Q | In your new book, Echo, four kids from different places and times find themselves connected by a mysterious harmonica. What was your inspiration for this story?
A | Sometimes the book I set out to write ultimately becomes a tiny part of a much larger story that demands to be written. That’s what happened with Echo. I thought I was going to write a novella about the nation’s first successful desegregation case in 1931. I was doing research when I came across a peculiar photograph of a group of children, sitting on the steps of a country school. Each child held a harmonica.
When I asked the docent about the photo, she told me it was the school’s harmonica band and added, “during the big harmonica-band movement in the United States.” Those intoxicating words were enough to send me on the long and winding journey toward Echo.
The book begins with a boy named Otto, who buys a book and a harmonica from a gypsy. While reading in a dark forest, he becomes so absorbed in the fairy tale about a prophecy and a witch’s spell that he loses track of time, and his way home, only to be helped by the very characters in the book he’s reading and the harmonica with its unique powers.
The harmonica travels beyond Otto to three talented musicians, each facing their own darkness: Friedrich, who lives in Germany the year that Hitler becomes chancellor; Mike, an orphan, who lives near Philadelphia at the Bishop’s Home for Friendless and Destitute Children; and Ivy, who lives in California and discovers a troubling secret in the house her father is overseeing.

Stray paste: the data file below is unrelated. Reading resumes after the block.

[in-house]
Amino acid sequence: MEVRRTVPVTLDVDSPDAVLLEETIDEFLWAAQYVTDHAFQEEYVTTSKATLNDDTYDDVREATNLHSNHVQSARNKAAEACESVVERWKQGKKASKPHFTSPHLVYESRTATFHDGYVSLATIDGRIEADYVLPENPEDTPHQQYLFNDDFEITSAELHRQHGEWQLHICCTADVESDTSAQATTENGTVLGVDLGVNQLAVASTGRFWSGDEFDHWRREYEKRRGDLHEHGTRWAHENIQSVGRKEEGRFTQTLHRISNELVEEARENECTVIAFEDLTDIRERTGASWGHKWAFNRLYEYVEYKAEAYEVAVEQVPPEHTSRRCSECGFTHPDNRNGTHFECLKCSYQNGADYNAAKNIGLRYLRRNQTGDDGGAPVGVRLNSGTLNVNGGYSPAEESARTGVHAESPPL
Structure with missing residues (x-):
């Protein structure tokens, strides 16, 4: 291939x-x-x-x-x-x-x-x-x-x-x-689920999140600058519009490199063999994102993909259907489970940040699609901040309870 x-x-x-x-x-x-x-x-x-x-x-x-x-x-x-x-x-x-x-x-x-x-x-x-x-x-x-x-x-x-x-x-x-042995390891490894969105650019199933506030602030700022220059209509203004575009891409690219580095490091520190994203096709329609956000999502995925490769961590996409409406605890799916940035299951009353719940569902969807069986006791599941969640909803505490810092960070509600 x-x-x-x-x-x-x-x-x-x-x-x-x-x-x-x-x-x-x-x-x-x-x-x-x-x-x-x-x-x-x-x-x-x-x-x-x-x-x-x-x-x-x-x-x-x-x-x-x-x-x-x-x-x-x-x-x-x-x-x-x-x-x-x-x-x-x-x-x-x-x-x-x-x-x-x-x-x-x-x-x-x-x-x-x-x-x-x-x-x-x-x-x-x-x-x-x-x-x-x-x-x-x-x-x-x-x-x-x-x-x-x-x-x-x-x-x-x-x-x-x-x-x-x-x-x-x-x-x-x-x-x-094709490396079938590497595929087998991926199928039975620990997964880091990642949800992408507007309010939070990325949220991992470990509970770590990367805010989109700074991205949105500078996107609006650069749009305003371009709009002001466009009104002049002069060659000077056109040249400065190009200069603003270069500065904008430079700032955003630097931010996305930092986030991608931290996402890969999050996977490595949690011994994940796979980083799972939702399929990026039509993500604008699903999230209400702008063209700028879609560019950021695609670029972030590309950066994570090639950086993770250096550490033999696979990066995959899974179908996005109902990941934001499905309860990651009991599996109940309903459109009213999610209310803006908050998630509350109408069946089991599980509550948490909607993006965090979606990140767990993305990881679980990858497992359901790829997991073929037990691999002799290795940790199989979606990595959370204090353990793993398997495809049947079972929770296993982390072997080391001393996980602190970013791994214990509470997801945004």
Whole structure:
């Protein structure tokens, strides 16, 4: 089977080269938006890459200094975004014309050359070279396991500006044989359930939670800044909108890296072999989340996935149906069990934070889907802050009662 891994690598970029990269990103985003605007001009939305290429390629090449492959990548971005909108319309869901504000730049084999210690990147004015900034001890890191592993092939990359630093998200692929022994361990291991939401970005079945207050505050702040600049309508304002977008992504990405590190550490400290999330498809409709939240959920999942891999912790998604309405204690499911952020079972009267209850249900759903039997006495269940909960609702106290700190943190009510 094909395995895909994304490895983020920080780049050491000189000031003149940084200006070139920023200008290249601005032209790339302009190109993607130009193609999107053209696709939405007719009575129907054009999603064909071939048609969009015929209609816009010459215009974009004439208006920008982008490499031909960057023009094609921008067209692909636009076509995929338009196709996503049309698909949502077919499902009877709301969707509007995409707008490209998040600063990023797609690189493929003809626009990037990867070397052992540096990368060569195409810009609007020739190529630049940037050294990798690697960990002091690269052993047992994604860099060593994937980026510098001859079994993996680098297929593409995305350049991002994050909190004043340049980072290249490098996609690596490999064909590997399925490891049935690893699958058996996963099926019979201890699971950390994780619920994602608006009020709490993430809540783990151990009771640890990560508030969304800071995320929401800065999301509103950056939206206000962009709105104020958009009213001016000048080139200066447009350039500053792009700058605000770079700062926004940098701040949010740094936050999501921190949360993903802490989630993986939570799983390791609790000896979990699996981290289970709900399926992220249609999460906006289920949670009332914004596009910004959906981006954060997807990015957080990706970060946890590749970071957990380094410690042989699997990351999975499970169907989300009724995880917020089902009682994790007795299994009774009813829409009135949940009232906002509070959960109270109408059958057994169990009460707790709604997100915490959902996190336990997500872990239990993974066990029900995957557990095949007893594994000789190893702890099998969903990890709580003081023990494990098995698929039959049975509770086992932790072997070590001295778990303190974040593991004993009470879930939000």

It isn’t until the end of the novel that the reader will discover the stories’ resolutions, how they are all connected, and how a single mysterious harmonica made an improbable real-life miracle possible.
Q | You experiment with form and genre in Echo. What motivated you to take those risks?
A | If readers are familiar with some of my other titles, they won’t be surprised that I played with the format. In The Dreamer, I took big leaps with form. I like to stretch the standard and usual, because for me the adage “no surprise for the writer, no surprise for the reader” is often true. In Echo, the format evolved in part because of necessity and in part because I was curious if it would work. I had three main characters’ stories but I wanted the novel to be more than just three episodic tales in the life of this harmonica. I wanted it to have a rich thread that held it together so that the denouement provided the reader with resolution. When I started to imagine the harmonica’s back story, the idea for the fairy tale began to take shape.
Writing an original fairy tale to frame the three stories in Echo was an entirely different way of thinking for me. The genre is different. It is telling instead of showing, and the opposite of any editorial advice for narrative. As Phillip Pullman says in his Fairy Tales from the Brothers Grimm, “A fairy tale is not a text. It is a tome licked clean.” I had to write with a different mind-set. A fairy tale has no backstory. Good is good, bad is bad, beautiful is beautiful, ugly is as ugly does. No explanation is needed beyond the writer’s declaration.